2005 - 12

J Pharm Pharmacol. 2005 Dec;57(12):1539-54.

Clinical pharmacokinetics of the cyclooxygenase inhibiting nitric oxide donator (CINOD) AZD3582.

Fagerholm U, Bjarnsson MA. Clinical Pharmacology, AstraZeneca R&D Södertälje, S-151 85 Södertälje, Sweden.

The clinical pharmacokinetics of the COX-inhibiting nitric oxide donator (CINOD) AZD3582 and its metabolites, including naproxen, nitric oxide and nitrate, are summarized. AZD3582 has low aqueous solubility, moderate and passive intestinal permeability and is degraded by intestinal esterases. Its oral bioavailability (F) appears to be maximally a few per cent, and increases by several-fold after food intake. Ninety-four per cent or more of an AZD3582 dose is absorbed, of which at least 9-20% appears to be taken up as intact substance. AZD3582 has a predicted plasma protein binding degree of approximately 0.1%, a half-life (t1/2) of 3 to 10 h and does not accumulate after repeated once- and twice-daily dosing. In patients AZD3582 does not provide a significantly better gastrointestinal (GI) side-effect profile than the highly permeable and locally irritating naproxen. Possible reasons for this include considerable GI uptake as naproxen, limited duration and extent of nitric oxide donation in the GI mucosa and the circulation, tolerance development (involving auto-inhibition of nitric oxide catalysing enzymes) and mucosal damage caused by nitric oxide. Blood pressure data suggest that nitric oxide is mainly donated within 3 h. The uptake of naproxen is slightly slower and lower (> or = 94% relative GI uptake and 80-85% relative F) after AZD3582 administration compared with naproxen dosing. The naproxen t1/2 and trough steady-state concentrations after AZD3582 and naproxen dosing are similar. The average systemic nitrate exposure is approximately doubled after dosing of 375 to 750 mg AZD3582 twice daily.

Arthritis Rheum. 2005 Dec 15;53(6):827-37.

Comparison of the COX-inhibiting nitric oxide donator AZD3582 and rofecoxib in treating the signs and symptoms of Osteoarthritis of the knee.

Schnitzer TJ, Kivitz AJ, Lipetz RS, Sanders N, Hee A. Northwestern Center for Clinical Research, Chicago, Illinois 60611, USA.

OBJECTIVE: To compare the efficacy, safety, and tolerability of AZD3582 with that of rofecoxib, naproxen, and placebo in patients with osteoarthritis (OA) of the knee, and to define the dosage of AZD3582 (125 mg, 375 mg, and 750 mg twice a day) that is noninferior in efficacy to rofecoxib. METHODS: A double-blind study of 672 patients with OA of the knee was conducted. Patients who experienced increased pain on withdrawal of analgesia were randomized to receive AZD3582 125 mg, 375 mg, or 750 mg twice a day; rofecoxib 25 mg once a day; naproxen 500 mg twice a day; or placebo for 6 weeks. Efficacy, tolerability, and safety were monitored throughout the study. The primary variable was the change in Western Ontario and McMaster Universities Osteoarthritis Index pain subscale from baseline to the mean of weeks 4 and 6, comparing AZD3582 with placebo for superiority and with rofecoxib for noninferiority using a predefined margin of 10 mm. RESULTS: For the primary variable, AZD3582 375 mg and 750 mg were superior to placebo (least squares mean difference [95% confidence interval] -12 mm [-18, -6], P < 0.001 and -13 mm [-19, -7], P < 0.001, respectively) and were noninferior to rofecoxib (-2 mm [-8, 4], P < 0.001 and -3 mm [-9, 3], P < 0.001, respectively). AZD3582 125 mg was not significantly different from placebo for the primary variable. CONCLUSION: AZD3582 375 mg and 750 mg twice a day were superior to placebo and as effective as rofecoxib 25 mg/day in treating the signs and symptoms of OA of the knee. AZD3582 125 mg twice a day was not statistically different from placebo.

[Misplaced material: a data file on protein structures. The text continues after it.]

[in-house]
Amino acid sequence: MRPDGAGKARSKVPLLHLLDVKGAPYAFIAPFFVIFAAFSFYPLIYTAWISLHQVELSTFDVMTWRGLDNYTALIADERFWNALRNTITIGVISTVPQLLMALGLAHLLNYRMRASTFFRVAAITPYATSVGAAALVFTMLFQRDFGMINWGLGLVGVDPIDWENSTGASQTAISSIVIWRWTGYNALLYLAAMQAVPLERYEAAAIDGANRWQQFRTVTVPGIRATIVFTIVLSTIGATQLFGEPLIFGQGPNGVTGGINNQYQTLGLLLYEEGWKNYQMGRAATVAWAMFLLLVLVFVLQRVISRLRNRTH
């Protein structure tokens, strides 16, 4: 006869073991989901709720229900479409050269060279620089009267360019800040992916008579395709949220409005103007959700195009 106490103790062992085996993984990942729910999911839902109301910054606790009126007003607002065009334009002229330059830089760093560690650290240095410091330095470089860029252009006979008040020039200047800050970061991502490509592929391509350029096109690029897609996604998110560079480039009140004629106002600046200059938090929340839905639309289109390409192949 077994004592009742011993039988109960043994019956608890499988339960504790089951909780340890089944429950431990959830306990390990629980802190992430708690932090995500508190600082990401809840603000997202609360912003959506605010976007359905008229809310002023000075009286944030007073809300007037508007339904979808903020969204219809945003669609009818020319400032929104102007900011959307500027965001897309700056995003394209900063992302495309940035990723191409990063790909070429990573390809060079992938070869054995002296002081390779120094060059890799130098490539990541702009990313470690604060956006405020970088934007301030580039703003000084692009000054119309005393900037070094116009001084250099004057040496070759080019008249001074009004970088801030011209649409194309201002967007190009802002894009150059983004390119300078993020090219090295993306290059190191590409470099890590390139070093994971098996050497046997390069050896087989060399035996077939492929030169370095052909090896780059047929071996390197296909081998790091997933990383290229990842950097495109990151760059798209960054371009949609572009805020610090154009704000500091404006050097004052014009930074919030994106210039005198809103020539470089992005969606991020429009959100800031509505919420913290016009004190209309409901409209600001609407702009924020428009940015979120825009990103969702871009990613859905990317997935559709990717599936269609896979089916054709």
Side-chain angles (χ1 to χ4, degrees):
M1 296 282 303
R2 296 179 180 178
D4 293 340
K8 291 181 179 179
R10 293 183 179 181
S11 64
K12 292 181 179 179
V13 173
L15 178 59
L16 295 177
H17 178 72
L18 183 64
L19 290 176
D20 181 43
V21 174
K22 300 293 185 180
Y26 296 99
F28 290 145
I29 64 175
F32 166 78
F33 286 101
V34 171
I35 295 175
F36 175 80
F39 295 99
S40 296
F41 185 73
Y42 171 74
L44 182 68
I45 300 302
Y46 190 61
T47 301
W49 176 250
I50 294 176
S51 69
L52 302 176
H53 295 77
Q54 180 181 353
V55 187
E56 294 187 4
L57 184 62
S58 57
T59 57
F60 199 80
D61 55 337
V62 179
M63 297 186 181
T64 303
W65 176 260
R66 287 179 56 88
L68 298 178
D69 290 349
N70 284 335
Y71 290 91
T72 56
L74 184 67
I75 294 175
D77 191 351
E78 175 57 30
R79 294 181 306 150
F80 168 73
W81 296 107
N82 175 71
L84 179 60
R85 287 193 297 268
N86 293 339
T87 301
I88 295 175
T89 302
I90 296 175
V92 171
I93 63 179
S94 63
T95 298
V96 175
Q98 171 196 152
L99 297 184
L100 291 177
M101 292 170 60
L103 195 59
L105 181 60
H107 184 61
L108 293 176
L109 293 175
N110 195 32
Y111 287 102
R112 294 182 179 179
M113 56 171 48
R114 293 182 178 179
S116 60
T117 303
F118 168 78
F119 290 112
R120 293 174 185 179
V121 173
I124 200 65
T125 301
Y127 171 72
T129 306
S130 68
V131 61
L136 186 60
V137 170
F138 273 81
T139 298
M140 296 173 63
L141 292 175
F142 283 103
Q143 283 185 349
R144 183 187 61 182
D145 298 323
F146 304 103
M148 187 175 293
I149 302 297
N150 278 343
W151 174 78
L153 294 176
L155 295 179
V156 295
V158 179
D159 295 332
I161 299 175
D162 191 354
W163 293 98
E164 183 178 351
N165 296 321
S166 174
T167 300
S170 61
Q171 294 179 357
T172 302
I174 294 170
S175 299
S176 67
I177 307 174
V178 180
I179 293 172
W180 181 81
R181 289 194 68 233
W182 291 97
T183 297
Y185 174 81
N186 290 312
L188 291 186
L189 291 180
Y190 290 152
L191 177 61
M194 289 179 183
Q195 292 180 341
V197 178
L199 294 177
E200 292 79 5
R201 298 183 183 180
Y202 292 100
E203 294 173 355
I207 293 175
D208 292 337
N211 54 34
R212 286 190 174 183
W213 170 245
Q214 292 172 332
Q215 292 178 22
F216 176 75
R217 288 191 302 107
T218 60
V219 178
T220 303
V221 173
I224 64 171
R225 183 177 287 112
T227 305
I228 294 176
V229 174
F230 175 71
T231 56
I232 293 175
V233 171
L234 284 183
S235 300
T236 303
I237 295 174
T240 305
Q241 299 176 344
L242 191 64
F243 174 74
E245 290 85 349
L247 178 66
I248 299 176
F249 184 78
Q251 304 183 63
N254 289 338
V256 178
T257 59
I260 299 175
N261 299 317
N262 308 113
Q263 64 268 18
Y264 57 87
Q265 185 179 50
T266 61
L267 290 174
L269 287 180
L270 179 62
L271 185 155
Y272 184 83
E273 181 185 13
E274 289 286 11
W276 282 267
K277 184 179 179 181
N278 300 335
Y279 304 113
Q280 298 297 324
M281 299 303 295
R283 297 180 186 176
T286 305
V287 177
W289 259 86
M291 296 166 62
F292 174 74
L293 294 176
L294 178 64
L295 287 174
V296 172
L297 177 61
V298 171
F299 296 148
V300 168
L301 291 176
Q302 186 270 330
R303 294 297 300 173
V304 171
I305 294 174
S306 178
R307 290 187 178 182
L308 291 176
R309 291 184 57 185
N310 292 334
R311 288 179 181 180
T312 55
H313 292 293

Inflammopharmacology. 2005;12(5-6):521-34.

NMI-1182, a gastro-protective cyclo-oxygenase-inhibiting nitric oxide donor.

Ellis JL, Augustyniak ME, Cochran ED, Earl RA, Garvey DS, Gordon LJ, Janero DR, Khanapure SP, Letts LG, Melim TL, Murty MG, Schwalb DJ, Shumway MJ, Selig WM, Trocha AM, Young DV, Zemtseva IS. NitroMed Inc., 125 Spring Street, Lexington, MA 02421-0781, USA.

Non-steroidal anti-inflammatory drugs (NSAIDs) are widely used to treat inflammation and to provide pain relief but suffer from a major liability concerning their propensity to cause gastric damage. As nitric oxide (NO) is known to be gastro-protective we have synthesized a NO-donating prodrug of naproxen named NMI-1182. We evaluated two cyclo-oxygenase (COX)-inhibiting nitric oxide donors (CINODs), NMI-1182 and AZD3582, for their ability to be gastro-protective compared to naproxen and for their anti-inflammatory activity. NMI-1182 and AZD3582 were found to produce similar inhibition of COX activity to that produced by naproxen. Both NMI-1182 and AZD3582 produced significantly less gastric lesions after oral administration than naproxen. All three compounds effectively inhibited paw swelling in the rat carrageenan paw edema model. In the carrageenan air pouch model all three compounds significantly reduced PGE2 levels in the pouch exudate but only NMI-1182 and naproxen inhibited leukocyte influx. These data demonstrate that NMI-1182 has comparable anti-inflammatory activity to naproxen but with a much reduced likelihood to cause gastric damage.